It is the year 2021. The last birth recorded on earth occurred in 1995 (Year Omega). In England, Xan Lyppiatt is Warden; he promises security, comfort, and pleasure to his people. Xan's cousin, Theo Faron, Ph.D., retired professor of history at Merton College, Oxford, becomes involved with 5 people who oppose Xan's worst policies: the Quietus ("voluntary" mass suicides of the elderly), the sending of all criminals to the Man Penal Colony where there is no one to control cruelty, the rules forbidding Brits from traveling abroad and allowing only Sojourners (slave/workers) to emigrate, the compulsory testing of sperm and routine examinations of healthy women, and state-run porn shops. Theo and the 5, one of whom is pregnant, flee to avoid capture by Xan's men.
To take care of Aunt Martha, a Mississippi family agrees to a cousin's moving in with her; cousin Howie then maneuvers the family into running a home for the elderly. Martha agrees because Lucas, a physician with whom she's had a long relationship, will come to live there. As more elders come and as they get sick, the methods (restraints, use of drugs, unclean conditions) of Howie and his hired staff become a threat to all.
Martha and Lucas are rendered powerless by their inability to make the family believe their side of the story; even Harper, the family's longtime African-American butler, cannot help. Because he fears that Howie will sedate both of them into oblivion, Lucas decides to burn the house down--after killing several of the "prisoners" first.
Narrated by Jake Baker, a 73-year-old who'd been sent to a nursing home by his niece, this novel recounts the adventures of Jake and Lucas Kraft after they leave a nursing home to become cowboys. Lucas is a writer whose pessimistic view of life is the opposite of Jake's. Never able to tell the truth about himself, Lucas has lost both fame and love but not his lust for life.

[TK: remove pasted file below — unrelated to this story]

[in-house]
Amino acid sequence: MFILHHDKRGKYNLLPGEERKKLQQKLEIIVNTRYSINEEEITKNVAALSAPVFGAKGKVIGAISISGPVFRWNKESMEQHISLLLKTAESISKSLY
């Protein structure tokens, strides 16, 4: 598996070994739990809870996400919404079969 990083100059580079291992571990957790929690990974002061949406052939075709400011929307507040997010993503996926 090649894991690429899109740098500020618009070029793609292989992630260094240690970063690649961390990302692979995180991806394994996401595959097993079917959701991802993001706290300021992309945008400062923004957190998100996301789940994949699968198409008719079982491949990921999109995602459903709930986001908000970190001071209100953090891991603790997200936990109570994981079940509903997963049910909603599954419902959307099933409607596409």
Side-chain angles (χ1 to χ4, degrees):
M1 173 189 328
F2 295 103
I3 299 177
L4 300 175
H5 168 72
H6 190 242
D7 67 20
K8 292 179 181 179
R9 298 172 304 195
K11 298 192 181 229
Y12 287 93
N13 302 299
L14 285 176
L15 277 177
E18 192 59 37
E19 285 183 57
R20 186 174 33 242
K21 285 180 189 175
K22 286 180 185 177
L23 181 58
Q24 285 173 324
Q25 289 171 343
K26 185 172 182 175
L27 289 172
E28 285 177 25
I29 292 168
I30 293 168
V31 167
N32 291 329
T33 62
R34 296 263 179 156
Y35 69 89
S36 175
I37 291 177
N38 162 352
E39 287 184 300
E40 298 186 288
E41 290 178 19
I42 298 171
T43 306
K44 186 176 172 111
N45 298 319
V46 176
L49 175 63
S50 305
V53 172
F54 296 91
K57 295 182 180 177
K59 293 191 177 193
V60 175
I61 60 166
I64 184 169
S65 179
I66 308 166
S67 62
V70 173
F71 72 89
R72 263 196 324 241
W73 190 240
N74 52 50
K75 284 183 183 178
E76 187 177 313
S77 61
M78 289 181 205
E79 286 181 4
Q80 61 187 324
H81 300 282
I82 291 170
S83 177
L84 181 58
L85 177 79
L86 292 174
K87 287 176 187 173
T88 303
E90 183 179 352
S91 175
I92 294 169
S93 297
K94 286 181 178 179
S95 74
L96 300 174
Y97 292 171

The two men hitchhike west (with a series of crazy drivers) and eventually find jobs on a Texas ranch. Jake falls in love with Betty, perhaps the foulest-mouthed cook ever invented; Lucas finds Sally Crandall, his ex-wife, a movie star, and the love of his life, who's performing in a cowboy-and-Indians movie not far from the ranch. Jake and Lucas actually do become cowboys (in the movie).
This mystery novel, set in Chicago, centers on a nursing home called The Larkspur. Chips Devlin is, after the death of his housekeeper, placed in The Larkspur by a relative. Chips has been a mentor to Jimmy Flannery, who tries to find out why Chips has been so hastily put there.
Nosing around through Chicago's political and public service offices. Jimmy calls in favors and hands them out in an effort to learn what's really going on at The Larkspur, the 3-story converted mansion with a big back yard (complete with duck pond). After an elderly man who Jimmy had asked to be a lookout is murdered, Jimmy kidnaps Chips from The Larkspur but can't keep himself from trying to help those that remain by solving the murder.
Mrs. Seaver writes about what it is like living in a nursing home. She writes cogently about the attitudes and behavior of staff, loneliness, lack of privacy, and her day to day experiences as a disabled 84 year old nursing home resident. The contrast between her former life and still-evident wit and intellect, and the way she is treated and diminished in her current environment is profound.
Fanny Gideon is having a tree house built just like the one she remembered from her childhood. The best times of her life were spent in that tree house and she hopes to recapture the clarity, joy, and freedom of her youth. The problem is that Fanny Gideon is 78 years old and has Alzheimer's disease.
She struggles on a daily basis with trying to fit into a life that she does not like, and with constraints that diminish her sense of herself. Her daughter is thinking about placing her in a nursing home. Mrs. Gideon almost burns down the house on a daily basis. The cleaning lady follows her around when her daughter is out of the house.
This story is about how an elderly woman and her now elderly childhood sweetheart attempt to recapture both their youth and their current lives against all odds. It is about preservation of the self despite memory loss, renewal of love in old age, and about rebellion.